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Up-to-the minute updates and insights from the Red Wings locker room at home and on the road. By Chuck Pleiness of The Macomb Daily.

Monday, January 14, 2008

Little bit of Europe in MoTown

DETROIT -- In hockey geography, Detroit is a lot closer to Europe than it is to New Jersey. And that's fine by Brian Rafalski.
The 34-year-old who signed as a free agent with the Red Wings, July 1, made a name for himself as a professional in Europe. One season in Sweden and three in Finland proved that Rafalski could successfully play the European game. More offense. More creativity.
And that has served Rafalski well with the Red Wings, with a 23-man roster that includes 12 Europeans. Of Detroit's top 10 scorers, only Rafalski, a native of Allen Park, and Dan Cleary, a Canadian, aren't European.
"In Europe, the coaches would always say, 'Skate. Skate. Skate all the way up the ice'," said Rafalski. "You'd always get the 'Go, go go.' The style of play is different. It's not that North Americans don't play that way. It's just that more Europeans do. Playing there helped my transition to this team where it's more than 50 percent European."
In between Europe and Detroit, however, Rafalski spent seven seasons in the Siberia of hockey offense, New Jersey.
With the Devils, Rafalski found himself in a defense-first environment -- one that the team rode to two Stanley Cups and three finals appearances in Rafalski's first four seasons there.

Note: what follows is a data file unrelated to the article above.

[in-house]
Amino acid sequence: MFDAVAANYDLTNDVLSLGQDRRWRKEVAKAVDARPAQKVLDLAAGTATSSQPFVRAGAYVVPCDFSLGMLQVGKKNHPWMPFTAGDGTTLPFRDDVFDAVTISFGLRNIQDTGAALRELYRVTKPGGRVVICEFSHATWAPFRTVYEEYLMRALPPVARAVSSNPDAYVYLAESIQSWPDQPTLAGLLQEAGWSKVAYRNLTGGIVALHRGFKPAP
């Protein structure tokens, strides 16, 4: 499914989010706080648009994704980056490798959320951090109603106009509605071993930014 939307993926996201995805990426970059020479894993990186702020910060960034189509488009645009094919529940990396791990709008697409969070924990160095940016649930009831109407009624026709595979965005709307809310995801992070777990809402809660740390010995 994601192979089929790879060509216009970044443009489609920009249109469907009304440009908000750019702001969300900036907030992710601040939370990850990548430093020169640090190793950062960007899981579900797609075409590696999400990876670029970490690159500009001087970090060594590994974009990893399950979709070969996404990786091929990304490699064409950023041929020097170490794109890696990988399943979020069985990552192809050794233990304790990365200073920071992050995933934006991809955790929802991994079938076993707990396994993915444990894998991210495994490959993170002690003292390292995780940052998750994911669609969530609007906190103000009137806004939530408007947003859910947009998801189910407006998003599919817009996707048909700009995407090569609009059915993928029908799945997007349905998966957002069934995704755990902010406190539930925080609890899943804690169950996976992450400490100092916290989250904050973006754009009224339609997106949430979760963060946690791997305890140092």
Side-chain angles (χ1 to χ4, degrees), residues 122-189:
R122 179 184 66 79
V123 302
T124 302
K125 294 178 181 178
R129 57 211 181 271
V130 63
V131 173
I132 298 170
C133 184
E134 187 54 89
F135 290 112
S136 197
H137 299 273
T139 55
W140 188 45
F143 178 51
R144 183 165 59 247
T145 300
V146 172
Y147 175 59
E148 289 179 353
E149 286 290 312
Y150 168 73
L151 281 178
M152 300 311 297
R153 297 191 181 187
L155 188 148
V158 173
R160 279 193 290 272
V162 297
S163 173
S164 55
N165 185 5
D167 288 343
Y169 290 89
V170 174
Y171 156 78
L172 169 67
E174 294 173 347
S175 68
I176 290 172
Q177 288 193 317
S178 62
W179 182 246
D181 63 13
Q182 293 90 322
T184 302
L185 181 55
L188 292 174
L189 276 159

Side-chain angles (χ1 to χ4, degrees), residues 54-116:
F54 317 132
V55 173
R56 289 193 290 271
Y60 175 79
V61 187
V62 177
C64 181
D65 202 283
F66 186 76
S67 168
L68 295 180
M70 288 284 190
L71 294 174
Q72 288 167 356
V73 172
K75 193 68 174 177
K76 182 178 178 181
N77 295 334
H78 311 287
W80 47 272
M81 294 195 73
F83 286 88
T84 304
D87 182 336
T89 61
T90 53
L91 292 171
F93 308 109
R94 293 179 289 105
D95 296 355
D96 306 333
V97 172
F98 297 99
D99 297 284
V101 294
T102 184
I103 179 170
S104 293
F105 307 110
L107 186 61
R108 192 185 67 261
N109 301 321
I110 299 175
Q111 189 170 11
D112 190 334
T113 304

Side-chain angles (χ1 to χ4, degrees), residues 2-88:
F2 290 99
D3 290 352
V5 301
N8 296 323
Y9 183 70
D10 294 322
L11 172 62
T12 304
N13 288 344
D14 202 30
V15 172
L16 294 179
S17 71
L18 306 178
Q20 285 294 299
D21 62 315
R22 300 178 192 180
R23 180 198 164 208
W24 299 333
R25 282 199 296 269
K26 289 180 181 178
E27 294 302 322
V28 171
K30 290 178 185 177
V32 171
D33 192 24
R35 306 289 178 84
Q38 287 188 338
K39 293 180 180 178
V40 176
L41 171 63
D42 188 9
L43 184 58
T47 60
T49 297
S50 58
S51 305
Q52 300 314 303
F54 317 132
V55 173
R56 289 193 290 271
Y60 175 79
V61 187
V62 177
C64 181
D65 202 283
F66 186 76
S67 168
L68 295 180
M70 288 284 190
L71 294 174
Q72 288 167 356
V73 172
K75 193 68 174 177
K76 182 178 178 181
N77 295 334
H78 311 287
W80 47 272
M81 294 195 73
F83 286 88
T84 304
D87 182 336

Often paired with Scott Niedermayer, Rafalski drew the opposition's top offensive line. The pair has sterling offensive skills. Last season, Niedermayer was the NHL's top scorer among defensemen while playing for Anaheim. Rafalski, still in New Jersey, was 12th.
Back in 2002-03 with the pair in their late 20s, Rafalski and Niedermayer ranked just 19th and 20th, respectively, among defensemen in scoring.
"They wanted me to play my game but in their system," said Rafalski of New Jersey. "I was playing with Scotty so we were always against their top line. It was defense first. … Our team was built around defense, not giving up odd-man rushes. Keep the plays to the outside, let Marty (goalie Martin Brodeur) make the saves, get the rebounds."
Since coming to Detroit, however, Rafalski finds himself back in a system that encourages defensemen to think offense. For the first time in the NHL, Rafalski is being asked to play as he did in Europe.
The result is that Rafalski is second among NHL defensemen in scoring with 37 points in 45 games. That's more points than he had in two of his seven seasons with New Jersey and just 18 shy of his career high. Rafalski's seven goals is a total that he topped in New Jersey just twice -- nine in 2000-01 and eight last season.
"Here, there's obviously there's a lot more encouragement for defensemen to join the play here," said Rafalski. "It was an adjustment at first. They'd tell me on the bench that there were opportunities. Now, I know what they're looking for."
Although Rafalski is freer offensively, it's the defensive play that he developed in New Jersey that is the first thing that coach Mike Babcock mentions when asked about Rafalski.
"I like him a lot as a player because he's good defensively," said Babcock. "You don't have to hide him and he gets the puck going. He knows how to play. When you talk about the game to Raffi, he knows how the game's supposed to be played. And he's about winning. All that makes a real good fit here obviously."


Anonymous Anonymous said...

Very good read.

January 15, 2008 at 7:35 PM 

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